In 1994, I was fresh out of the box and I just wanted to play. We hit the studio. Recorded a record. Next thing you know I was on planes, in limos, walking into a record store with a whole rack of CDS’s with my face on it. I was embarrassed. I was freaking out. My life changed. Literally, overnight.
I was young and I had the energy but damn my head was spinning. I could write a book about all the great performances we had and shitty business mistakes I made. There were lots of both. I know the only reason we are still around now was because of the music and the songs. Even though I made mistakes. We have always put on great shows, or at least given everything we had to give. We care about the music and the experience we give to our people night in and night out.
Make your life about the music. Always put the music first. The music will carry you through the hoopla. The music will be there when the hype is gone. The new artists that rise and those that disappear or fall off all happen for a reason. The ones that failed didn't put the music first. Lots of things can break up bands. Egos, drugs, girls, money, the road, bad press, anything. If you focus on the creation of music then who can stop you?
I was a new artist in 1994 so was Beck. Everyone was talking about us. G. Love and Beck, two white boy rappers who played guitar. Everyone wanted to know why? As a new artist people want to know the hows and whys. All of a sudden I went from being a kid who wrote songs and loved to play the blues and rap to a cultural anomaly.
"Why do you rap?"
"How can you be white and play the blues?"
"What gives you the right to rap and play the blues?"
Yes I was dealing with these types of questions from the curious press. It was very annoying and frustrating to say the least. I don't know why I played what I played, it just happened. I rap, I play the blues. What's the big fuss about? I gotta go on stage now.
Looking back on that first year it's such a blur. Everything was moving so fast. We did 250 shows and worked our ass off. I was hard headed and made mistakes but we sweated it out onstage every night and kept it going like we still do. I probably could've played the game better and not had to work so hard now. Maybe I could've made a million bucks, but I don't mind. I made it through the first years, made it through a decade now we almost have 20 years down. I still feel like a kid. It's true, I wish I knew then what I knew now but that's the beauty of youth and being new, sometimes you gotta figure shit out the hard way.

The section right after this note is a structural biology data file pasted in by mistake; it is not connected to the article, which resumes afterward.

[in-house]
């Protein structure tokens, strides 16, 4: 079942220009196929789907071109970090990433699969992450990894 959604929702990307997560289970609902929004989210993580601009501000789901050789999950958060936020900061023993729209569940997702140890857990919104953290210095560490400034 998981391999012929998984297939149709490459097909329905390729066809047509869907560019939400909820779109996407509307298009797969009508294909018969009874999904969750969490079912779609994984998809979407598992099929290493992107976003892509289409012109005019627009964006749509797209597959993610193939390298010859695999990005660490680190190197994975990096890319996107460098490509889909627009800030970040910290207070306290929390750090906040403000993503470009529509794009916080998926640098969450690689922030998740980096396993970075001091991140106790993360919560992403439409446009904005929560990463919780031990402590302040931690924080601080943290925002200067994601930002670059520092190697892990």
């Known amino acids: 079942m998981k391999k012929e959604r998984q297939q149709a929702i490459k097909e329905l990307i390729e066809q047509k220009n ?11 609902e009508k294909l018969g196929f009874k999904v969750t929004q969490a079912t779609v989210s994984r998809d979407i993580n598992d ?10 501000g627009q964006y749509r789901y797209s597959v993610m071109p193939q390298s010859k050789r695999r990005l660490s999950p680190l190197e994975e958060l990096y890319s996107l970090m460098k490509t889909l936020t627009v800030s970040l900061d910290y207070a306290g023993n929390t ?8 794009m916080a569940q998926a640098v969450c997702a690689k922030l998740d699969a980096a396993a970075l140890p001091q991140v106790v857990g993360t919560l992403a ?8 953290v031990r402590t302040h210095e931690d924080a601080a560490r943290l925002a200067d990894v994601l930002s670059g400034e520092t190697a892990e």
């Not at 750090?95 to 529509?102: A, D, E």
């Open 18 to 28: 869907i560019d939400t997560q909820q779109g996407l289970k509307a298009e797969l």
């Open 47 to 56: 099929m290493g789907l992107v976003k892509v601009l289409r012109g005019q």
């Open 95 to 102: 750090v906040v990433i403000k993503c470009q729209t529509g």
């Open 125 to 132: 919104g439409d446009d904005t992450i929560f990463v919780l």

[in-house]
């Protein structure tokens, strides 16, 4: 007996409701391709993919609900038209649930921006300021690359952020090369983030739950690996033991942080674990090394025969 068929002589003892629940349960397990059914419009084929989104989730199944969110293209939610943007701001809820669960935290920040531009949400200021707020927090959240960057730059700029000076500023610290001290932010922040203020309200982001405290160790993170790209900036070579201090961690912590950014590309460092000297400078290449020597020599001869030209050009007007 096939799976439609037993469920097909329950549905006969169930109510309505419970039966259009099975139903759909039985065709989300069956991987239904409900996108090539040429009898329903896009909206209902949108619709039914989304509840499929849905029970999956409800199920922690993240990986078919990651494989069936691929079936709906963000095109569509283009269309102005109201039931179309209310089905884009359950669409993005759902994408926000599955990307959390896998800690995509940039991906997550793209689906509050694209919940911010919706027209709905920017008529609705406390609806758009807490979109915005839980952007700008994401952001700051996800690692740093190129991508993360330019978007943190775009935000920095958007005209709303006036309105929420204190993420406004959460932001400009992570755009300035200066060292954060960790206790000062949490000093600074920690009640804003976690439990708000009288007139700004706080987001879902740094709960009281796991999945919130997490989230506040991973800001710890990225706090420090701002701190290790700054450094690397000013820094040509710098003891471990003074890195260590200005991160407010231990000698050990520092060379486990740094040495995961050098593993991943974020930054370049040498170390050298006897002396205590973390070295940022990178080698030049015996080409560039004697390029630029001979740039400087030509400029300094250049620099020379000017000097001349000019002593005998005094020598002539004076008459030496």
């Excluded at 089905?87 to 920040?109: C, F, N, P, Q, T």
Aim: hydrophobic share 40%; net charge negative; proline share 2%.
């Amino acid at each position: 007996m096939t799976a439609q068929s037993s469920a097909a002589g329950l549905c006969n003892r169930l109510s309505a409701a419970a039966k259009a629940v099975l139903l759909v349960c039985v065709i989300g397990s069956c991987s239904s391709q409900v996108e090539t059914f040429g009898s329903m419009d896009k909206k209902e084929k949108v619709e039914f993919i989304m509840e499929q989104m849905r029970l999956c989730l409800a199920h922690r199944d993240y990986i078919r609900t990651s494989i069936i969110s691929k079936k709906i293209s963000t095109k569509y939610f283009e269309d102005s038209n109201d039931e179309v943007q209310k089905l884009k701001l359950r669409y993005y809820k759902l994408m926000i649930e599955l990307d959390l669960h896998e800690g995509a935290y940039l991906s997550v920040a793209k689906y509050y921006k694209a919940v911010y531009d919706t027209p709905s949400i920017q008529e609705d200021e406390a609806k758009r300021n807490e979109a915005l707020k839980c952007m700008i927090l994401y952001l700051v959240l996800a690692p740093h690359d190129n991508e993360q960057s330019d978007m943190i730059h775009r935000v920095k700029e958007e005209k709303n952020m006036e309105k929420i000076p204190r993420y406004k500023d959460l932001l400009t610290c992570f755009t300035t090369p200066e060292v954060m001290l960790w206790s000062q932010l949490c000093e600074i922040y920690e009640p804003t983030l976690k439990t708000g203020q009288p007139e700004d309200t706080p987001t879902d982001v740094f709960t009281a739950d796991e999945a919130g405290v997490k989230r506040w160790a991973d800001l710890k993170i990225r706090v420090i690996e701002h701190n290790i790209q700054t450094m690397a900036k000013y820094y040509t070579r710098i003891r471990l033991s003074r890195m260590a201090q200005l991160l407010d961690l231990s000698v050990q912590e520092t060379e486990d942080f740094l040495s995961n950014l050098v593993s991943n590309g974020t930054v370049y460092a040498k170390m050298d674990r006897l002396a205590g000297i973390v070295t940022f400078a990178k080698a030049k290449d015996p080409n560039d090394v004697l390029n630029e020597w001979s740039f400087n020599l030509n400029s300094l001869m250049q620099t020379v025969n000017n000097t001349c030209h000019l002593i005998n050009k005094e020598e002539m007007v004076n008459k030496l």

So listen up: I think no matter whether the years are thin or fat, you've got to keep your head down and play your damn guitar. If you're in the buzz bin or the back shelf, keep your head down and play your damn guitar. And when you're a new artist just please milk it for all it's worth. Squeeze the juice out and don't miss a drop because after that year is up you're old news. You've got to deliver and don't lose sight of the reasons you play music in the first place. Don't party too hard and do work your ass off. Be good to your supporters they'll be with you forever if you treat them right.
Alright that's enough of my rambles, go practice that guitar.
G. Love, aka Garrett Dutton, has been the front man and founder of the alternative hip-hop blues group G. Love & Special Sauce since their inception in 1993. Widely known for his upbeat hits "Cold Beverage," "Baby's Got Sauce" and "Hot Cookin'," G. Love returned to his blues and country roots on his latest release, Fixin' To Die (Amazon, iTunes), produced by Scott and Seth Avett. A road dog if one ever existed, G. Love performs roughly 125 shows a year all over the world including Australia, Japan, Brazil, UK, Canada and the U.S. G. Love teamed up with Gretsch to create his own signature model, the Gretsch G. Love Signature Electromatic Corvette, which features a pair of TV Jones® Power'Tron™ pickups, deluxe mini-precision tuners and a cool Phili-green color scheme with competition stripe that would make ANYONE from Philadelphia proud! Check it out here.